Friday, October 12, 2012

The Canadian Embassy’s Chief’s Crest Pole and a Major Disappointment

The pole before conservation in the gardens of the Official Residence
In the gardens of the Residency of the Canadian Ambassador to the Hellenic Republic in Filothei has stood since 1975 an unique example (for Greece, that is) of First Nation art. This is the Chief’s Crest Pole built in the 1960s by the internationally known artist and master carver, the hereditary Chief Tony Hunt ( with his close relatives of the Kwakwaska’wakw ancestry. The weather of Athens over the past 35 + years has taken its toll on this cypress totem pole. At the initiative of Ambassador Robert Peck and the generous financial support of numerous donors the pole is now in a studio on the 3rd floor of the Benaki Museum at Odos Pireos 138 undergoing conservation ( The project is part of the Embassy’s celebration of 70 years of Canadian / Greek diplomatic relations.

Andrew Todd conserving the pole at the Benaki Museum
The person undertaking the cleaning and the conservation of the pole during October at the Benaki Museum is Andrew Todd from Bowen Island, BC ( He will speak to the Athens Association of Friends of CIG at the Institute on Wednesday evening, October 17th at 7:30 PM. Mr. Todd is a recognized expert in the conservation of totem poles. He will share with us what he is doing to the pole and the challenges he is encountering to clean and to restore it to its former glory. In the context of these comments he will contextualize the pole itself and the issues related to conserving and maintaining such a large wooden out-of-doors sculpture. In the meantime, you can watch Andrew work on the pole at the Benaki Museum from Thursday through Sunday. So, don’t miss this unusual opportunity for enlightenment!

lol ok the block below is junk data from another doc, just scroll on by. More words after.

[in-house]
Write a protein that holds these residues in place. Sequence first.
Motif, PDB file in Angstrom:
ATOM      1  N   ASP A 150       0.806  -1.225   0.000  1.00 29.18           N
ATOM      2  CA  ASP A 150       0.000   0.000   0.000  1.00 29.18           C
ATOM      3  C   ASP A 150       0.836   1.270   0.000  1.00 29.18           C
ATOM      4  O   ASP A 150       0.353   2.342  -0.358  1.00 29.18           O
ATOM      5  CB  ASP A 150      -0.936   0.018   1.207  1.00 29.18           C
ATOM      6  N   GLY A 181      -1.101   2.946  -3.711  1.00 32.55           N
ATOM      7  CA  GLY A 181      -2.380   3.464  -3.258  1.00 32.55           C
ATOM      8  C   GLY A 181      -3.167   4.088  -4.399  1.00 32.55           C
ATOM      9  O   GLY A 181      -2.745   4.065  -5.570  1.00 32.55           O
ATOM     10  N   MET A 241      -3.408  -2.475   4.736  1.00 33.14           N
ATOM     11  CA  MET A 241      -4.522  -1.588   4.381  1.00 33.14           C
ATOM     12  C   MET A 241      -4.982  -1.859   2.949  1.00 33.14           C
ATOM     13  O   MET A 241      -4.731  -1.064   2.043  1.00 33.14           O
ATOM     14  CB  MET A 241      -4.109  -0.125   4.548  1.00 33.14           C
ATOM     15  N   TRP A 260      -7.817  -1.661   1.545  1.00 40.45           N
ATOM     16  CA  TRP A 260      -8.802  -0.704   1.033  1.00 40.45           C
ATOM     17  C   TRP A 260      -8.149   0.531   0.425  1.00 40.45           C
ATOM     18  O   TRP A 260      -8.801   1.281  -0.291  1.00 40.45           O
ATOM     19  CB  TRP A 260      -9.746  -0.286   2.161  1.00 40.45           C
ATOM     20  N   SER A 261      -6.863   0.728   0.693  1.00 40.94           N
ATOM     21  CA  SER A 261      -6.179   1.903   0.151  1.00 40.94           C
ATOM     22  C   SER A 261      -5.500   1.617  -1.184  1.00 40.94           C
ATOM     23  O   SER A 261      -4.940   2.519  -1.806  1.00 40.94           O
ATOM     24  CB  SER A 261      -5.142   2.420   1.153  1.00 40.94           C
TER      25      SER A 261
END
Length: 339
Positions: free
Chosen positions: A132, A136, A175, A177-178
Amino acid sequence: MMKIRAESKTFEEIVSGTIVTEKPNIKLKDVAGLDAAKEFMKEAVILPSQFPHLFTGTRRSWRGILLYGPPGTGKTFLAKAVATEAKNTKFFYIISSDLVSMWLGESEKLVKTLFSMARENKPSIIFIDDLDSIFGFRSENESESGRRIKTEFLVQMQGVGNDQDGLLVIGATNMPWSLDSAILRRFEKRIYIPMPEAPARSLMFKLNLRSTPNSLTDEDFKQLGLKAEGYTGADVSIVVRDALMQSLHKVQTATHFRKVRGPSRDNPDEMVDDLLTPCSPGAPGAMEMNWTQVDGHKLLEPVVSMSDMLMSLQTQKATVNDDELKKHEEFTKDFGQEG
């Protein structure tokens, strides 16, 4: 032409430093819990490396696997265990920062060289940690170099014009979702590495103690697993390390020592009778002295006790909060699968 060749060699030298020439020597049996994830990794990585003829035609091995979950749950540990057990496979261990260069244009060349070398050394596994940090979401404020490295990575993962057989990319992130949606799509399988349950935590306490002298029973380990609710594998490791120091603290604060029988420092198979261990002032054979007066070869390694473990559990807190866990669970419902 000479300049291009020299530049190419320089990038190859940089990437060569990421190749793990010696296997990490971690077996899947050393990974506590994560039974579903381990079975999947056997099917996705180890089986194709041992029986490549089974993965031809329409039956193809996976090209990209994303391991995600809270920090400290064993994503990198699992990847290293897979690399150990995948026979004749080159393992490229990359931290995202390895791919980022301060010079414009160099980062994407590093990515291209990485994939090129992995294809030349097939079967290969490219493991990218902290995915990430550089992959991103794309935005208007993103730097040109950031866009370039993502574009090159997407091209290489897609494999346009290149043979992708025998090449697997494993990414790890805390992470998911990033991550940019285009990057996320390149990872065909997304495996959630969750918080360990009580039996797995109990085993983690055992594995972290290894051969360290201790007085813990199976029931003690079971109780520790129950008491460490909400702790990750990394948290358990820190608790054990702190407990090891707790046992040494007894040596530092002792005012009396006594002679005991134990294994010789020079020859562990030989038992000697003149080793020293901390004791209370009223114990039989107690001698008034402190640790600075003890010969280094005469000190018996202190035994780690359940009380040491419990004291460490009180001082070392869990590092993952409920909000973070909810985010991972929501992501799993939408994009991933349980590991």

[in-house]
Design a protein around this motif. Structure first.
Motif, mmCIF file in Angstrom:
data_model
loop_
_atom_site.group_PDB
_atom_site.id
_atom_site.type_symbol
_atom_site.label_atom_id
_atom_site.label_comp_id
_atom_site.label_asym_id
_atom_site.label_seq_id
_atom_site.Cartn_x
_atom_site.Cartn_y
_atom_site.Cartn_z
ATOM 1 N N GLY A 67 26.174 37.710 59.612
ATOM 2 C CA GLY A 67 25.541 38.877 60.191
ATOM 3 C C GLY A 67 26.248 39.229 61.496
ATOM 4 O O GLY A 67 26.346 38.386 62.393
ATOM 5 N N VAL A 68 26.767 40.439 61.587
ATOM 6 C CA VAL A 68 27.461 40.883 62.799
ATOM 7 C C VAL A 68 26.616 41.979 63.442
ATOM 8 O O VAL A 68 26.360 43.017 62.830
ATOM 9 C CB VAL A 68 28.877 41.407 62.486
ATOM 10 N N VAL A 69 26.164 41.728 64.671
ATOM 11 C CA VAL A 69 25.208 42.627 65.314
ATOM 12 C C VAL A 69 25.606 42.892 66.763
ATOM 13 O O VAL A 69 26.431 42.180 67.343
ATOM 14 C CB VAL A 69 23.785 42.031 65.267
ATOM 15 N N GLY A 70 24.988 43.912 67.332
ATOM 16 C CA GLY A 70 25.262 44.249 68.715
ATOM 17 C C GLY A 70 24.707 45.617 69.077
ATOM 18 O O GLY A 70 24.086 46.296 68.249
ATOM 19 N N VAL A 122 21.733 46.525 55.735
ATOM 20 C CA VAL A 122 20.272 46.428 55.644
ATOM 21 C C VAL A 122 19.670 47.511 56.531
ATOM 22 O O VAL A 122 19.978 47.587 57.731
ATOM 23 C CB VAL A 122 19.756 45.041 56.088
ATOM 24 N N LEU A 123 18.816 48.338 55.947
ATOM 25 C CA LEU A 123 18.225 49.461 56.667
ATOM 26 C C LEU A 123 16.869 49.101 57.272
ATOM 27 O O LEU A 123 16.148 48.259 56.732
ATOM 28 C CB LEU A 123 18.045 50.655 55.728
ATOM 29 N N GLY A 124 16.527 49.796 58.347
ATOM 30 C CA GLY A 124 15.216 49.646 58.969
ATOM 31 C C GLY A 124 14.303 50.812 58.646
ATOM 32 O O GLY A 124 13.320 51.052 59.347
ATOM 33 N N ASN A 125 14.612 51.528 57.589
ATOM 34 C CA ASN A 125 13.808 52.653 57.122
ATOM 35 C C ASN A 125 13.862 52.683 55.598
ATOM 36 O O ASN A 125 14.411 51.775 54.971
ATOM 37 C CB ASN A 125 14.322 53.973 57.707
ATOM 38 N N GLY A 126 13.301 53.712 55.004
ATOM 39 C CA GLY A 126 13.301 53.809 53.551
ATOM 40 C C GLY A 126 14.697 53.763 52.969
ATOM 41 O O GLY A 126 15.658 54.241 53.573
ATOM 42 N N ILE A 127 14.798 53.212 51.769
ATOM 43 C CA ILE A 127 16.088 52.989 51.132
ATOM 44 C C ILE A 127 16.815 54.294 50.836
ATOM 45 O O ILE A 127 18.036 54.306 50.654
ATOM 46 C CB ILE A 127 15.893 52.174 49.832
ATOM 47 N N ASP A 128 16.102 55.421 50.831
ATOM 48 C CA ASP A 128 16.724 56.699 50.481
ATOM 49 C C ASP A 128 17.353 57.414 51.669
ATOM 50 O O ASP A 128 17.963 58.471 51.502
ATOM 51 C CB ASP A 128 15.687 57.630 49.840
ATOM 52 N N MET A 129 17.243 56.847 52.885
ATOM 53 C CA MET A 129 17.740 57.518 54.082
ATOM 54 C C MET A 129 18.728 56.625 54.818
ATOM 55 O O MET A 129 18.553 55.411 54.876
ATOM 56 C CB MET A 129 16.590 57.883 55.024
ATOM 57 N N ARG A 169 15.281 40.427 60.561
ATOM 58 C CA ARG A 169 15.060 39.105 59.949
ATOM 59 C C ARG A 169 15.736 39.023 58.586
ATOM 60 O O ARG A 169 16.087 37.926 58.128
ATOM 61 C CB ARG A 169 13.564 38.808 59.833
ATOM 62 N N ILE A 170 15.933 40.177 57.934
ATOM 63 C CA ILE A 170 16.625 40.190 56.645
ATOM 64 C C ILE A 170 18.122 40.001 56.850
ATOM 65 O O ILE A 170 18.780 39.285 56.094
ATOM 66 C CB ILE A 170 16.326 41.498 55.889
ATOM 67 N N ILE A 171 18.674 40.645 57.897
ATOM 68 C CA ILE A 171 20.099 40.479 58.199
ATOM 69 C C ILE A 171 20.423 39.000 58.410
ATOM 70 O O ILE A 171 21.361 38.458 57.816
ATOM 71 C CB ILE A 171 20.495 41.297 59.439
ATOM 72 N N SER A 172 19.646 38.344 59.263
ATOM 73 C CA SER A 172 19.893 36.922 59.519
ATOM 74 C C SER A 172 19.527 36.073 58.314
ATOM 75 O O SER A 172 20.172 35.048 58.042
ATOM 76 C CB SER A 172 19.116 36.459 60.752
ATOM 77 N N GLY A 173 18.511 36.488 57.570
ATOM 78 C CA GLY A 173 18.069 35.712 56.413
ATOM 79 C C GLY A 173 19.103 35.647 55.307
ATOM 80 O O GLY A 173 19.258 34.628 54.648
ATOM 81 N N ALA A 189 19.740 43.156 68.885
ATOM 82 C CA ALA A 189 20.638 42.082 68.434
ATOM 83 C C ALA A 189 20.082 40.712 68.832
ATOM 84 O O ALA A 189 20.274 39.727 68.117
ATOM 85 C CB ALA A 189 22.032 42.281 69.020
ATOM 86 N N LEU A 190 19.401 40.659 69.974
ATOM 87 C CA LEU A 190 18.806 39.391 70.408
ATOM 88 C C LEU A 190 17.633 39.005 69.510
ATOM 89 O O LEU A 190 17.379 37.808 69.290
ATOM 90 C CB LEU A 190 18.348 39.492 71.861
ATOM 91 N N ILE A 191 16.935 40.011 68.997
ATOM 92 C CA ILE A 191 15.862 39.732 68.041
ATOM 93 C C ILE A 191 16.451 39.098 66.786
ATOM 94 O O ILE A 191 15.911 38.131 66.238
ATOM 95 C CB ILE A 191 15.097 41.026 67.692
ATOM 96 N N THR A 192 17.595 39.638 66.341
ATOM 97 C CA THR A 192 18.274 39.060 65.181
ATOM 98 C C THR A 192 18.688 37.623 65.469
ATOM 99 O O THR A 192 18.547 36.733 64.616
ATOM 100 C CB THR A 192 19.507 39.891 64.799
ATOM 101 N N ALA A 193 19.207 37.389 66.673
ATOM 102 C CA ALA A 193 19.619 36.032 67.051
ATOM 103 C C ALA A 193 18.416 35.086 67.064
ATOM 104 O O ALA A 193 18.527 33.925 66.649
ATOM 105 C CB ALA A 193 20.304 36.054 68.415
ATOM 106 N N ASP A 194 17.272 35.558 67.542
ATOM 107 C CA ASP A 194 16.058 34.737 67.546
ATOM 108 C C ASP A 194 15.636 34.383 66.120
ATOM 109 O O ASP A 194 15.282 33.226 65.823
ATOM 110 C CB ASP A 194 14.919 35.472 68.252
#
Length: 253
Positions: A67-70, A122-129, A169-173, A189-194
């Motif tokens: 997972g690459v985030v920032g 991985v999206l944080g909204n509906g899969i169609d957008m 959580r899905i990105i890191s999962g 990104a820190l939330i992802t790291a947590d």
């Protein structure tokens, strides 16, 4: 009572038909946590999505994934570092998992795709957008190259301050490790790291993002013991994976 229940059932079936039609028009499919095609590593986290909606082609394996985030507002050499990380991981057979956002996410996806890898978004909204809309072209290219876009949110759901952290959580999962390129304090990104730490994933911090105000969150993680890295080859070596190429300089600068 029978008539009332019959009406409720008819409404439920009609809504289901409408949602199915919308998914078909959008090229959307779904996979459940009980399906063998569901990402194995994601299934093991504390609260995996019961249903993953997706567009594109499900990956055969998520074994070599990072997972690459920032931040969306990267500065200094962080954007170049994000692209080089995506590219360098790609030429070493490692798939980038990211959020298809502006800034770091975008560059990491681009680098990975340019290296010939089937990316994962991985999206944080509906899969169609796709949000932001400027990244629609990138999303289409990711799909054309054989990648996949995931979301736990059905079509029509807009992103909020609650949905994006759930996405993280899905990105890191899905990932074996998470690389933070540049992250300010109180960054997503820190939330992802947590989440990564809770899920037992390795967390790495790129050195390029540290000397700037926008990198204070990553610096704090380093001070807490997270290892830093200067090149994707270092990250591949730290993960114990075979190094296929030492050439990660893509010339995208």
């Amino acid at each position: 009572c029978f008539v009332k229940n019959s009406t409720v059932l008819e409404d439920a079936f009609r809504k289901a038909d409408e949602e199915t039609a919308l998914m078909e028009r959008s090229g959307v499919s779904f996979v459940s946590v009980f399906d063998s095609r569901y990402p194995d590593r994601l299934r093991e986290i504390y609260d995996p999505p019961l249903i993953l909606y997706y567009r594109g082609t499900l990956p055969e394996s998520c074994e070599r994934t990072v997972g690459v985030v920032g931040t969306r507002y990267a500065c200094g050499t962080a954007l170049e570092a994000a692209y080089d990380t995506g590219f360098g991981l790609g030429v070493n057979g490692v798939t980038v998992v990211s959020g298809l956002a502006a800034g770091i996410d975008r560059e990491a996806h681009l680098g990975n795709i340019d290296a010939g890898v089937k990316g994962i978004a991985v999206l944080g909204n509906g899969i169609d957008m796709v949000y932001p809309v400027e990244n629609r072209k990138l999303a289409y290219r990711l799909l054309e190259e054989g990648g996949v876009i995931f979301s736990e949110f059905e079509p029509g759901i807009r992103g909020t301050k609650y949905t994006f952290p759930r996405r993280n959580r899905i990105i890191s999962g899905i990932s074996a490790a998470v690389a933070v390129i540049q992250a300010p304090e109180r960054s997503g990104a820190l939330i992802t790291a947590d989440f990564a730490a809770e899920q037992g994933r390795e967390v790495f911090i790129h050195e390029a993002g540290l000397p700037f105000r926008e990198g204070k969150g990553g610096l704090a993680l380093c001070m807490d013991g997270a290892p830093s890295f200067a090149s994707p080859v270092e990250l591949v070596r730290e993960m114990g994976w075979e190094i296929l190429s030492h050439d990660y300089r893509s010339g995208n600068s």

A Major Disappointment!!!
A perfect storm of travel woes befell Krista Martynes as she attempted to come to Athens in time for her talk and recital last night at the Institute. Travelling with a large and valuable clarinet complicated her movement from southern France to Athens. We were very disappointed to have missed her appearance at the Institute! Another we time we hope. Those who came to hear Martynes did not go home, however, without their fill of “Canadian content”. They were treated to a showing of the film “Canadian Bacon” while they nibbled and drank the night away.

David Rupp

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